New Supreme Court spells end of Law Lords

The judges of the UK's new Supreme Court, designed to replace the Law Lords (pictured), were sworn in on Thursday. The court's creation is a key step in reforming the UK's unwritten constitution, a process launched under former PM Tony Blair.


AFP - British constitutional history was made Thursday as judges in a new Supreme Court were sworn in, replacing the House of Lords as Britain's highest appeal tribunal.

Ending an ancient judicial quirk, 11 new Justices took their oaths of office in the new Supreme Court of the United Kingdom, housed in a gothic building just across from the Houses of Parliament.

"This is the last step in the separation of powers in this country," said Lord Nicholas Phillips, president of the new court which will also break ground by allowing live television coverage for the first time.

"We have come to it fairly gently and gradually, but we have come to the point where the judges are completely separated from the legislature and executive," he told the BBC, referring to parliament and the government.

Since 1876, the role of final court of appeal for England, Wales and Northern Ireland has been performed by the Law Lords, a House of Lords committee made up of top judges.

Before then, it was the job of ordinary peers who contemporary commentators said were often unfamiliar with the law -- and keener on drinking at gentlemen's clubs than hearing complex cases.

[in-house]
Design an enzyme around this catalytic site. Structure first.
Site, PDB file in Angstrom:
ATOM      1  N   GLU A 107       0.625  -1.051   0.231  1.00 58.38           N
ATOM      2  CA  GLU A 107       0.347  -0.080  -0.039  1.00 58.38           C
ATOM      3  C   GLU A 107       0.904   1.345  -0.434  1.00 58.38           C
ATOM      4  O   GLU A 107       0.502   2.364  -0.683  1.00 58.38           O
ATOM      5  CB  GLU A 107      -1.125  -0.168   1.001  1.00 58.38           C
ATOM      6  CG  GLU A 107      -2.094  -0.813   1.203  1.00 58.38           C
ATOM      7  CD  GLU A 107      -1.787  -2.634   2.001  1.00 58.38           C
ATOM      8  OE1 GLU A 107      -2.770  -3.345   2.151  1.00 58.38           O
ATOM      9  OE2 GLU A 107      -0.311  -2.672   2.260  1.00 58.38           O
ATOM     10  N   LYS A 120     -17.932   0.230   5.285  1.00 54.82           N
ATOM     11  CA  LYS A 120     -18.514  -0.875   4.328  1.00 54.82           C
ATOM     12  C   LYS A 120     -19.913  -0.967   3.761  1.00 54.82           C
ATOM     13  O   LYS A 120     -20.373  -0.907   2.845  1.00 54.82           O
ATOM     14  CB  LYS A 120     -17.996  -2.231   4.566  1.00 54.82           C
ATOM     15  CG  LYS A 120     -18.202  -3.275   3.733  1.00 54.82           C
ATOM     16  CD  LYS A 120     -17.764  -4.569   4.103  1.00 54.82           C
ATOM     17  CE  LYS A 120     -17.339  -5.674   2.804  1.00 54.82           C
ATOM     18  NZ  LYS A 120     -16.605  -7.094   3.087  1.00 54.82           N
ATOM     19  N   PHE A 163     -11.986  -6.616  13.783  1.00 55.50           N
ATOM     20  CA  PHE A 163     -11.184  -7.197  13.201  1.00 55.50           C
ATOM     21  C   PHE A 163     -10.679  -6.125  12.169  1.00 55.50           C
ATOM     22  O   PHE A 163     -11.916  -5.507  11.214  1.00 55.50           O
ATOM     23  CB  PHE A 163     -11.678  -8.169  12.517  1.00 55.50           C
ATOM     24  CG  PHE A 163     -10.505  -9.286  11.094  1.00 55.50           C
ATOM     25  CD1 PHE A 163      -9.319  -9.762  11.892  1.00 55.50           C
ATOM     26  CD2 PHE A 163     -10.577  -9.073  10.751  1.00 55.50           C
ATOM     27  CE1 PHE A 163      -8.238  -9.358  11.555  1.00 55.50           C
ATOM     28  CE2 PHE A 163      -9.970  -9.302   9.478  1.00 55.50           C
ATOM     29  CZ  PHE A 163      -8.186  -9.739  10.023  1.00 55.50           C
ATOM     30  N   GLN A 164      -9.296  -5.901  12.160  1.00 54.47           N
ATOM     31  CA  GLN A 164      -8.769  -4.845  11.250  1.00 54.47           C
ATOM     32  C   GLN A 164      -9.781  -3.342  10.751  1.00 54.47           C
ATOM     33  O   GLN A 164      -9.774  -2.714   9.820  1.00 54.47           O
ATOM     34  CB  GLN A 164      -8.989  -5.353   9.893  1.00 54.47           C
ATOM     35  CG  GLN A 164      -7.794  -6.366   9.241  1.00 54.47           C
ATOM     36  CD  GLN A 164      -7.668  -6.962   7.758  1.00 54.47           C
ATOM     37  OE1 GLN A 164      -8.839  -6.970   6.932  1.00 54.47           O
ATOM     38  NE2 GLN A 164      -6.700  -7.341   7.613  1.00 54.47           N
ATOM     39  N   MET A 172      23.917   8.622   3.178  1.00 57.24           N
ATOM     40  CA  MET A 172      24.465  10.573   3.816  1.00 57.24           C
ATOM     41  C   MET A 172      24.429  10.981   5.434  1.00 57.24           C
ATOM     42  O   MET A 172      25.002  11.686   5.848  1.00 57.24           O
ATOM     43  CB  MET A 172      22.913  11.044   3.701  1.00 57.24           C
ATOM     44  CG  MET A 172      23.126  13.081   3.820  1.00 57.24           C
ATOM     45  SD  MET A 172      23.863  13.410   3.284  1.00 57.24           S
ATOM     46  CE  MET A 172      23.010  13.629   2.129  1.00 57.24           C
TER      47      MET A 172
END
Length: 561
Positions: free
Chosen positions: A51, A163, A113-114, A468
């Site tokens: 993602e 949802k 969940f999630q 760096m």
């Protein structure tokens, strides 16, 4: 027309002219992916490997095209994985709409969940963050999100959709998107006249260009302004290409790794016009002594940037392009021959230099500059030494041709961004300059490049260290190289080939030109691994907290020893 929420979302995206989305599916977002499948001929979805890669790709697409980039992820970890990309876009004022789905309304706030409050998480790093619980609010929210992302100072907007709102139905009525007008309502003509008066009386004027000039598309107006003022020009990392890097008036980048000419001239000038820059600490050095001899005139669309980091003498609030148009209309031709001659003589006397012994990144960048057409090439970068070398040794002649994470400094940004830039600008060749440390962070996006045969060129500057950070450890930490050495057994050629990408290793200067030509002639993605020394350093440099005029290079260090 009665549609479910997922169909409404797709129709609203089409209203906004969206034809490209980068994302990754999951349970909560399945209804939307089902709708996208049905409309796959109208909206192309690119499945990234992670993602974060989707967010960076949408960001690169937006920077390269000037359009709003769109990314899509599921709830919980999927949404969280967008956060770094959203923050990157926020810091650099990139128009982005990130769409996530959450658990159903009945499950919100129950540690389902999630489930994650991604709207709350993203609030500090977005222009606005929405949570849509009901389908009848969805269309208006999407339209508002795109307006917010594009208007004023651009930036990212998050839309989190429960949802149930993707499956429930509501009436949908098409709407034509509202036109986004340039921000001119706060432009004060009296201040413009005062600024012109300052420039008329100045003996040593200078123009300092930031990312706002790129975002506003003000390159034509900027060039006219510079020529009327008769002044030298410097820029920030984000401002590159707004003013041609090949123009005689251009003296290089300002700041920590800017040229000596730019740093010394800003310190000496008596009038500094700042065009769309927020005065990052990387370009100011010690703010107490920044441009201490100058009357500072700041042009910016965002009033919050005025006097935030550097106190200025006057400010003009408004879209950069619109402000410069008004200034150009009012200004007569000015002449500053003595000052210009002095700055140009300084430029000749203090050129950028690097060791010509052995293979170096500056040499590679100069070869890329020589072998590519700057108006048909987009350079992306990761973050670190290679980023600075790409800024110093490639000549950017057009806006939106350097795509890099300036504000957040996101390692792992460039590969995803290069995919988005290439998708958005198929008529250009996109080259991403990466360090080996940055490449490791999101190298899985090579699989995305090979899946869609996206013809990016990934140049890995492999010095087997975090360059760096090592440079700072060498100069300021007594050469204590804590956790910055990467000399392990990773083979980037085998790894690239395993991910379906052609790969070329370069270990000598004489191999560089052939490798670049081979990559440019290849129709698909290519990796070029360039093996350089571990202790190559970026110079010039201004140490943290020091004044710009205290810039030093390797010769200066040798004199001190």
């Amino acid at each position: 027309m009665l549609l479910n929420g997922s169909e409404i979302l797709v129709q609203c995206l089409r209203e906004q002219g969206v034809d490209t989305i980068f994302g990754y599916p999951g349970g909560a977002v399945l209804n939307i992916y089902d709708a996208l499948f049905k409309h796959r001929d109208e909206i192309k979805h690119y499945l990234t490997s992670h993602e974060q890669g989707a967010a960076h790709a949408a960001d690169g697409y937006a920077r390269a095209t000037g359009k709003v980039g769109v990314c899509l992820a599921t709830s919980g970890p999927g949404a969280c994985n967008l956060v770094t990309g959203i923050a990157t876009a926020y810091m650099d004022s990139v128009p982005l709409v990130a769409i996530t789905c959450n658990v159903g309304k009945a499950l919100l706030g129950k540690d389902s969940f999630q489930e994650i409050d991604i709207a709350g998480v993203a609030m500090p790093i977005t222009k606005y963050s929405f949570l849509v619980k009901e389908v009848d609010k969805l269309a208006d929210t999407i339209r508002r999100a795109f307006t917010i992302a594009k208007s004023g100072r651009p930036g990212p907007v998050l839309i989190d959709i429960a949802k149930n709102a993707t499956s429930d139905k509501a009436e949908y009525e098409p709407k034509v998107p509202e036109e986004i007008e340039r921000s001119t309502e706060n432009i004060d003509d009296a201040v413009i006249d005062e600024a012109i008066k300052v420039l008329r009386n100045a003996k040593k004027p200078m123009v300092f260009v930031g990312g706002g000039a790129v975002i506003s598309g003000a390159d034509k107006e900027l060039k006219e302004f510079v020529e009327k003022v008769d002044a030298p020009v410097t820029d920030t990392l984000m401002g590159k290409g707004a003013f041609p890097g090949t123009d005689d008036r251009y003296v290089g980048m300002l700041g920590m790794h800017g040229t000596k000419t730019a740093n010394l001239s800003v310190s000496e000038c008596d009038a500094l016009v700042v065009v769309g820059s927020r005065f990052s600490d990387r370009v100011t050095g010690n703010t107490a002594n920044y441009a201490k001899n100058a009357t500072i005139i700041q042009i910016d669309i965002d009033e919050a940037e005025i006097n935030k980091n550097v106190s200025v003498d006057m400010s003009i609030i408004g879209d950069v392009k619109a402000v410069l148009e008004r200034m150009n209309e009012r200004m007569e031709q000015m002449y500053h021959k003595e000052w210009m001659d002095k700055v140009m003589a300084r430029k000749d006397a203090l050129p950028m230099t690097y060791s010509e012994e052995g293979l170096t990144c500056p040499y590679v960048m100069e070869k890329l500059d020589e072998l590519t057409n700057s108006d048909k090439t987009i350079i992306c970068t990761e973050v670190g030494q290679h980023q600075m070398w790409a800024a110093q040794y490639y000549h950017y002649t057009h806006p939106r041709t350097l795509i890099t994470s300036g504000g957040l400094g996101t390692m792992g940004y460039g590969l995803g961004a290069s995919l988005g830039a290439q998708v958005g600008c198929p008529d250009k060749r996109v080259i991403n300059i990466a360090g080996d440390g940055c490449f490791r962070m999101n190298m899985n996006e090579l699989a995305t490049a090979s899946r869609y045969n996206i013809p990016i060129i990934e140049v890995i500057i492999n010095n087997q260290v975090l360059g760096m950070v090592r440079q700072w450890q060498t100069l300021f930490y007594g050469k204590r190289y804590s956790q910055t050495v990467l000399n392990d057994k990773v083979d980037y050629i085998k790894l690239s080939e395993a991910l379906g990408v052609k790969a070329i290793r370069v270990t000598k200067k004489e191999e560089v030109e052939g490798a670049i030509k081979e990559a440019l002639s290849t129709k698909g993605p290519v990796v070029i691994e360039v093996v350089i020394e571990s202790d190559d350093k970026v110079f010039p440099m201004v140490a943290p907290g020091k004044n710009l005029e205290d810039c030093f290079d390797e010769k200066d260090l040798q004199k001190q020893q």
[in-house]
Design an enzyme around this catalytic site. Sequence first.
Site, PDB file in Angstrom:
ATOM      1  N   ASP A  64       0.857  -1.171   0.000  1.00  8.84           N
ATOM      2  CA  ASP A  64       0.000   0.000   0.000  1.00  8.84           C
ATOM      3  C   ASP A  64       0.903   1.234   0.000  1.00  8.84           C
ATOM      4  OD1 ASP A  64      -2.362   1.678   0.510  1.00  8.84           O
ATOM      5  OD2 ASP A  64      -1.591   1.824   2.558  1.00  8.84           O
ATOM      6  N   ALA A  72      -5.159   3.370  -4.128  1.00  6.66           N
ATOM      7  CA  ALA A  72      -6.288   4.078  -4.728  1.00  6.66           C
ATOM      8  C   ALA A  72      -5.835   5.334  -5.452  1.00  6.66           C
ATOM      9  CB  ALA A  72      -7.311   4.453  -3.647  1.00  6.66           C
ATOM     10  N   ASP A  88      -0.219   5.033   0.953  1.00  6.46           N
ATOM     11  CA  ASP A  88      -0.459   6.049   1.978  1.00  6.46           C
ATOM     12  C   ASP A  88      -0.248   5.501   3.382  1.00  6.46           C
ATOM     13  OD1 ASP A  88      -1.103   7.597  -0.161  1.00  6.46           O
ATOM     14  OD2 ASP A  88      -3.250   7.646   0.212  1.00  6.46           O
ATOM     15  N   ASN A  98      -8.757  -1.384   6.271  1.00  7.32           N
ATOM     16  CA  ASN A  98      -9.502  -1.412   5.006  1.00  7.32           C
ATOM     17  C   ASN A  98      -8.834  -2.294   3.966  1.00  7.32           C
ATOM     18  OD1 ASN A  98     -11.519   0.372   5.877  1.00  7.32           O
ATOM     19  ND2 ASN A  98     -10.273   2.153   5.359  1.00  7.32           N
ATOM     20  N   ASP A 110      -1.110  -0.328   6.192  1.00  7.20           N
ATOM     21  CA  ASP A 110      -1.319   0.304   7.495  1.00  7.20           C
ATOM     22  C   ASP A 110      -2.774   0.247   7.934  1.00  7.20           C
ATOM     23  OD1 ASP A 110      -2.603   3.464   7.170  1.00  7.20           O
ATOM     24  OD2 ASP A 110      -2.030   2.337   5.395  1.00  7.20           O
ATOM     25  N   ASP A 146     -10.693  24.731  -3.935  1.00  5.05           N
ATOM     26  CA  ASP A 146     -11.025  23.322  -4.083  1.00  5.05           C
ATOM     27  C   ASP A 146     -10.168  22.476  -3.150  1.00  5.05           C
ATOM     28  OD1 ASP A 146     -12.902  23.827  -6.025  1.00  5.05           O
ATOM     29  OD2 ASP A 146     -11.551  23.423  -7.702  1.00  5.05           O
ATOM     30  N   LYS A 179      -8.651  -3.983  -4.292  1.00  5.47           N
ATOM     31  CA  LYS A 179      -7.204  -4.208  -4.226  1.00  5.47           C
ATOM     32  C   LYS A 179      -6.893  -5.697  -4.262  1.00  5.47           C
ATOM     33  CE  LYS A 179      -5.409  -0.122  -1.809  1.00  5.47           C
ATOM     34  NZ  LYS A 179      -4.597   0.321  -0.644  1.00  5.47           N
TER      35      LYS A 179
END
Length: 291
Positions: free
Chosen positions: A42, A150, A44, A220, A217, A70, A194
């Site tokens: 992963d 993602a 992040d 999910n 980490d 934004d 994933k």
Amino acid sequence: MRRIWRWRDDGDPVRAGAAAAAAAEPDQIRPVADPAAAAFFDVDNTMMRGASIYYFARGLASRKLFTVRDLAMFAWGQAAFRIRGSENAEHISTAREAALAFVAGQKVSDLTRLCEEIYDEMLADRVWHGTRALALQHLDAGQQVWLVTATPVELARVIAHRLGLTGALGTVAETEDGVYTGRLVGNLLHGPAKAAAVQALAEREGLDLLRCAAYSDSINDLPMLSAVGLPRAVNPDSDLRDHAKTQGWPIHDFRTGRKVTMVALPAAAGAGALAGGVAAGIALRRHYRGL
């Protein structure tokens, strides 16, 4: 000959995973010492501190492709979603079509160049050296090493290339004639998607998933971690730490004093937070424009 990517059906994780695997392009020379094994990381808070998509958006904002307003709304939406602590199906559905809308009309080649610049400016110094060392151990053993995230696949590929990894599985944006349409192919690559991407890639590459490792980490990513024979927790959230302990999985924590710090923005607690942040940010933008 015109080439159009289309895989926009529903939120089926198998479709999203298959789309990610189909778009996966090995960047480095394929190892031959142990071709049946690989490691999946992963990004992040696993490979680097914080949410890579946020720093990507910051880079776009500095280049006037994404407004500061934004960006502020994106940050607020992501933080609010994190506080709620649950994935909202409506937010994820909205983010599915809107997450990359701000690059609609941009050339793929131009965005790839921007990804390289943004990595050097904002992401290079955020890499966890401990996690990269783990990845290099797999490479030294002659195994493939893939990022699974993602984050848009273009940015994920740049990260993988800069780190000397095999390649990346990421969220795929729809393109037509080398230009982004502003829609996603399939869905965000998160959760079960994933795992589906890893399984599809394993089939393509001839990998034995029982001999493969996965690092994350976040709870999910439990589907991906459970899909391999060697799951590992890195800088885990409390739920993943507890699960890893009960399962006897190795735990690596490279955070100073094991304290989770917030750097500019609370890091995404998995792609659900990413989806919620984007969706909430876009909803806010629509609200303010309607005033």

Although the Law Lords' independence was not in question, in recent years ministers and many top lawyers came to believe that separating the judiciary, parliament and the executive was important for the sake of clarity.

The move was decided by the Labour government which, when Tony Blair was prime minister, also made reforms such as cutting the number of hereditary peers in the House of Lords and devolving power to Scotland, Wales and Northern Ireland.

In fact the new Supreme Court Justices are the same men who had until now been called Law Lords -- minus their wigs, but still keeping their robes, in which they processed across Parliament Square on Thursday.

They will remain members of the House of Lords but will be disqualified from sitting or voting there until they retire from the Supreme Court. Newly appointed judges will not have a seat in parliament.

But their new home will be miles away from the fustiness of the Lords' red leather benches, often occupied by dozing peers.

Its courtrooms are light, spacious and have plenty of access for curious members of the public, plus carpets designed by pop artist Peter Blake, who was behind the Beatles' "Sgt. Pepper's Lonely Hearts Club Band" album cover.

Before Thursday's ceremony the new court's president said: "The change is one of transparency. It's going to be very much easier for the public to come to our hearings.

"I would hope that the court is still sitting in 100 years time and that when people look back at this step that they see it as a very significant step in the constitution of this country."

The new tribunal will cost 14 million pounds (22 million dollars, 15 million euros) a year to run, including the salaries of the judges and the upkeep of the building.

Critics question the value of the court, and the price. "This is a huge bill for an institution that many think isn't really necessary," said Mark Wallace, campaign director of the TaxPayers' Alliance.

"Even if you accept the premise of a separate Supreme Court, it would still have been cheaper to host it one of the many public buildings that the taxpayer already funds."

And he noted that, since Britain is a member of the European Union, even the Supreme Court's rulings can be overturned by the European Court of Human Rights in Strasbourg.

"The irony is that despite all the money and all the pomp, it won't really be supreme -- European law will still overrule it," he said.

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